Anyway, Eric offered to ride her first. She's so athletic! But definitely more than I want to deal with until I'm clear on what the cues are. We watched and kept asking questions about how and why and what, so Eric kept riding, showing and explaining.
While he was talking, I was trying to listen and take mental notes since it was too windy for the tape to pick up well, but here's a quick look.
Amyra's not a passive, easy horse. She's very prima donna, and always has been. Wearing a saddle hasn't changed that in the slightest. Watching her ridden it was immediately apparent that she's going to be one that tests and doesn't just go along quietly. When she resists and doesn't get what she wants she has temper tantrums. If that approach doesn't work, she'll refocus and cooperate. Until the next time... With Eric she doesn't get away with it, and he's quick to give her the opportunity to get unflustered and back on track. I KNOW I'm not that sensitive, that quick, or let's face it that good.
As we watched and learned I commented to T that I would feel a lot better if she stayed at Eric's for another month. If he can keep riding her, she'll keep progressing and maybe I could take some lessons on one of Eric's reiners so that I have some clue what I'm doing and I don't royally screw her up.
When presented with our thoughts, Eric concurred - of course, it's good business for him, but I think it's what's best for Amyra, too.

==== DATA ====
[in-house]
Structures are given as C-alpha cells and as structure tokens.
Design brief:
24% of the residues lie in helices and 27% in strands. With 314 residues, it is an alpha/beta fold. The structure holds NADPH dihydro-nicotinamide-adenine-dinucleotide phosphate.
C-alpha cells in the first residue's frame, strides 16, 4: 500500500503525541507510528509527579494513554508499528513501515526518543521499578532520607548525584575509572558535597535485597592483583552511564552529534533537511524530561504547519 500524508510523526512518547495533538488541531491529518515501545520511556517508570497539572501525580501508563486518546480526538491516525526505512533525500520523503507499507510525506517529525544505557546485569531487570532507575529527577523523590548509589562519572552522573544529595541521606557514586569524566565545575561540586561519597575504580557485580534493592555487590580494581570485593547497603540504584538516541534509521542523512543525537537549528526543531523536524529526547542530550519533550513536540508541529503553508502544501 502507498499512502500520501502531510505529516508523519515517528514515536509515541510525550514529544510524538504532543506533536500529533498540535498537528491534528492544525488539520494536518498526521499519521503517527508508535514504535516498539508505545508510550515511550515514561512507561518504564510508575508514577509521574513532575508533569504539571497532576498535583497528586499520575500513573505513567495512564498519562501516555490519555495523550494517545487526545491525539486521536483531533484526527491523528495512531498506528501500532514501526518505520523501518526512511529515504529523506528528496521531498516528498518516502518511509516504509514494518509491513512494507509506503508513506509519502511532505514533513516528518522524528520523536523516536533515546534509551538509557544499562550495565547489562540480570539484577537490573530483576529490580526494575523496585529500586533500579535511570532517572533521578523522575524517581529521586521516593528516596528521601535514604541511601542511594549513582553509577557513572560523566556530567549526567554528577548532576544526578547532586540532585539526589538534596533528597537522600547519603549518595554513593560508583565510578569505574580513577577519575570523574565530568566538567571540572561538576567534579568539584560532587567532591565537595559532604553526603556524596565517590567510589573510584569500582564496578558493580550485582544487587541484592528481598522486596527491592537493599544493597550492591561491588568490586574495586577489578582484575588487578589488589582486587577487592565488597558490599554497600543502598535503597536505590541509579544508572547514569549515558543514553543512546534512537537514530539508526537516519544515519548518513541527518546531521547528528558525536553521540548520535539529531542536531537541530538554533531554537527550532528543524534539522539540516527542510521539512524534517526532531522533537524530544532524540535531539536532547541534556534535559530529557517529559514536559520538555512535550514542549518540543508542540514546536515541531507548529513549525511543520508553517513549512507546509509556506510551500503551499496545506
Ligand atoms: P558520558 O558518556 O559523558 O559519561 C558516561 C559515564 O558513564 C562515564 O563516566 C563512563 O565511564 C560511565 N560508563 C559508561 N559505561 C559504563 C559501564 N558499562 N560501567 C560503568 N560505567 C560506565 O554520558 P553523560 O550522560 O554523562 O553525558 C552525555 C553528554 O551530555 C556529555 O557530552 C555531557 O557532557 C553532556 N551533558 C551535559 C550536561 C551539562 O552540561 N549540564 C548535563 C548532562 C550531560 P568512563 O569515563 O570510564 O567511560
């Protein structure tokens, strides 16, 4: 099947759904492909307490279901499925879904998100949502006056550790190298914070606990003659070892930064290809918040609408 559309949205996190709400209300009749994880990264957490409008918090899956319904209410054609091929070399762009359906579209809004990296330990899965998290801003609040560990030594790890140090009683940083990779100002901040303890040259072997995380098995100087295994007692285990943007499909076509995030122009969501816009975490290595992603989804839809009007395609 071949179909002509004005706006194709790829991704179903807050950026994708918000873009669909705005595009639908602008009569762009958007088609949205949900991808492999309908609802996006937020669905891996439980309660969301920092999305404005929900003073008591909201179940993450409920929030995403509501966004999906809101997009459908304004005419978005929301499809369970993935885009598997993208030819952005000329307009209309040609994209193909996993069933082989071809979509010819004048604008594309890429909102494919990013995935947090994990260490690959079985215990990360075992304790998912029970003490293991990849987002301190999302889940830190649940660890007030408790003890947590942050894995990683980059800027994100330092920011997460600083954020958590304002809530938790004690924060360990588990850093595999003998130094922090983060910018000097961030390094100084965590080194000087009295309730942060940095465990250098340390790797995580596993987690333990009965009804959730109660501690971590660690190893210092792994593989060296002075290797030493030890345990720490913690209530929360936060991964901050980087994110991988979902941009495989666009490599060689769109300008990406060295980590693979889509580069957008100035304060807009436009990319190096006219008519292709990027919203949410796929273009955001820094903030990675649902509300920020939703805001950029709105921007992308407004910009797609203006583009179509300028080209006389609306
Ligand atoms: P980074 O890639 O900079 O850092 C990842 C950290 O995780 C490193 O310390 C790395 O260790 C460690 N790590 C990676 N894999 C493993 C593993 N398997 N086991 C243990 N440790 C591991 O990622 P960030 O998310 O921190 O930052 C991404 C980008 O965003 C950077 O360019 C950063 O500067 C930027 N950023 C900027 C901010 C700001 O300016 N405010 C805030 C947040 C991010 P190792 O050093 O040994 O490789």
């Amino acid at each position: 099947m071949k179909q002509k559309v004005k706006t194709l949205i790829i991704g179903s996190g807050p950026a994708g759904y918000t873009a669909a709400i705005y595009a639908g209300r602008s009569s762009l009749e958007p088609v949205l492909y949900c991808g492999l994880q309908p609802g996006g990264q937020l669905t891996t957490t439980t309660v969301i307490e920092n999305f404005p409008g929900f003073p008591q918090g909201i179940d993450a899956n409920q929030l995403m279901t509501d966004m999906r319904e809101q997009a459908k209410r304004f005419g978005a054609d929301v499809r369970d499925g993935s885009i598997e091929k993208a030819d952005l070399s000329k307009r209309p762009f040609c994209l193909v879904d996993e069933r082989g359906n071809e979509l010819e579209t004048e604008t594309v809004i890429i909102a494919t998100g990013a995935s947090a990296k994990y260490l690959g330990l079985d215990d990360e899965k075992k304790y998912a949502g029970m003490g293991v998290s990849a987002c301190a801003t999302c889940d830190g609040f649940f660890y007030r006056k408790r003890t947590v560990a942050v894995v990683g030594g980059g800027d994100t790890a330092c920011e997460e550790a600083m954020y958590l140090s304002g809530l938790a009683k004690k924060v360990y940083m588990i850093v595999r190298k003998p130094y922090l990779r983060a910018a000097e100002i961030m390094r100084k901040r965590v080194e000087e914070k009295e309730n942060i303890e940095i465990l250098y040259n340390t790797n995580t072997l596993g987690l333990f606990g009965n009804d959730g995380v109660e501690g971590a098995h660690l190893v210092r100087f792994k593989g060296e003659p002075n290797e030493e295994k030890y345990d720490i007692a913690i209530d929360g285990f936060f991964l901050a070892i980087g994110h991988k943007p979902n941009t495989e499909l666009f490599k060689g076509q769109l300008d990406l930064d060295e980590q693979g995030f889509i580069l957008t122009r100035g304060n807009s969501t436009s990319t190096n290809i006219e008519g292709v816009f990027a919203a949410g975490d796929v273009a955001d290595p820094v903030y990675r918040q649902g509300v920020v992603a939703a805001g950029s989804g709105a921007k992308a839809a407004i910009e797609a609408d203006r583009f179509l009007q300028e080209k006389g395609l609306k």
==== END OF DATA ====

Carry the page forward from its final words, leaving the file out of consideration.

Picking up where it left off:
Rather than T riding Amyra, Eric asked if he would be open to riding one of Eric's finished reining horses and getting the feel of what he should expect. T's never, ever had an actual riding lesson. His experience has been of the, "here's your horse - don't fall off," variety - he's learned from watching, asking questions, figuring Rufus out, and by taking in whatever information I could explain coherently.
But this is a man who will actually stop and ask directions - one of the many things I love about him and that trait translates to other arenas as well, thank goodness. I watched and shivered as it got cooler while Eric coached T through the correct way to cue for a lead, a simple, slow spin, and finally a flying lead change. The irritating part of all this? T's position is better than mine, and he retains and applies what Eric tells him better. Of course, since he doesn't have all of my years of doing-it-wrong muscle memory, I guess I can forgive him, lol!
T made me promise not to post pictures, unfortunately.
So stay tuned, I guess I'll be learning to ride a reiner.